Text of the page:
Health Workers Are Critical to Achieving an AIDS-Free Generation
As the world makes strides towards an AIDS-free generation, those who are working on the frontlines, doctors, nurses, community health workers and other professionals play a central role. These individuals often working under tough conditions ensure patients access life-saving prevention, treatment and care services.
Policy makers, recognizing the important role of health workers, set an ambitious goal in the 2008 legislation reauthorizing the President’s Emergency Plan for AIDS Relief (PEPFAR)—that the program should train 140,000 new health workers to fight HIV/AIDS in the countries where it works.
This past Monday, at a briefing on Capitol Hill, Global AIDS Coordinator Ambassador Deborah Birx announced that the program met that target—and how their new human resources for health (HRH) strategy is going to help focus resources for HRH at the highest impact areas to have the greatest impact against the epidemic. Ambassador Birx noted that often times people think about programs as money—but programs are really people, and only as good as the people on the frontlines.
The briefing was co-hosted by the Elizabeth Glaser Pediatric AIDS Foundation, the Frontline Health Workers Coalition, Jhpiego, and IntraHealth international.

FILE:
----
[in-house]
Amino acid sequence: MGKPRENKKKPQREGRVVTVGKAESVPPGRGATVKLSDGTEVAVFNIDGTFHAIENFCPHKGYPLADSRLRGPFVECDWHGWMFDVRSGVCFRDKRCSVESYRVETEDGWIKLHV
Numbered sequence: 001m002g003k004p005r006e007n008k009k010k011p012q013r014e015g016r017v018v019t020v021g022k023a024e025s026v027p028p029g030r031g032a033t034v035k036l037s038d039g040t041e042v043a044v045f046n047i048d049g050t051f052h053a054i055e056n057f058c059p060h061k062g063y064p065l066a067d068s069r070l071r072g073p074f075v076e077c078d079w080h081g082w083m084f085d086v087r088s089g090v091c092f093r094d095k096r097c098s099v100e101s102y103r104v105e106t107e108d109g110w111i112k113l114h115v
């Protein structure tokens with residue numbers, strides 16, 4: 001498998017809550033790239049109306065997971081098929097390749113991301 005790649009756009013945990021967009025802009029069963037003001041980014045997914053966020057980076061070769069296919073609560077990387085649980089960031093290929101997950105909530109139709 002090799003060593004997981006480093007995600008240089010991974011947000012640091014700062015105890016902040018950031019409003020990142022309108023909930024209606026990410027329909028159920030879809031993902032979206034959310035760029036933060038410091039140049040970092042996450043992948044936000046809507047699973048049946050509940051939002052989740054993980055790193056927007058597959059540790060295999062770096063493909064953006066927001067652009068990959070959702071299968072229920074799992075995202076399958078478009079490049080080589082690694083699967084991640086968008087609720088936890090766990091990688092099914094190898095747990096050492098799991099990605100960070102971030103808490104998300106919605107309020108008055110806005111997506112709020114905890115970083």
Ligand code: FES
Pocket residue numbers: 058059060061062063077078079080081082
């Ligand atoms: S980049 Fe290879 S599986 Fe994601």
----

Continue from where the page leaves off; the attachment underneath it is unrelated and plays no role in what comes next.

Also addressing the crowd that included Congressional staff and partners in the global health community was Dr. Address Malata – principal of a Nursing Education Partnership Initiative (NEPI) nursing school in Malawi. Dr. Malata highlighted the successes in Malawi in not only training new health workers, particularly nurses, but to retain them in country. She noted that a big issue was that trained health workers were leaving for more developed countries where working conditions and support is better. Malawi improved training, working conditions and benefits to ensure that the country can grow the health workforce it needs.
Lastly, Lisa Carty the Director of the U.S. Liaison Office for UNAIDS discussed how health workforce is critical in reaching their “90-90-90” goals of having 90 percent of HIV positive people tested, 90 percent of them on treatment, and 90 percent of them virally suppressed. She noted that advocacy around workforce is critical as health systems are only as strong as the people that implement them.
Unfortunately even with all of the success of PEPFAR programs and partners, critical workforce shortages exist around the world, particularly in Africa where it is estimated that a million additional health workers are needed to meet the continent’s needs.
That is why the Foundation continues to advocate for continued investment in HRH and health systems both through PEPFAR and other avenues to ensure that an AIDS-free generation is not just a dream but a reality.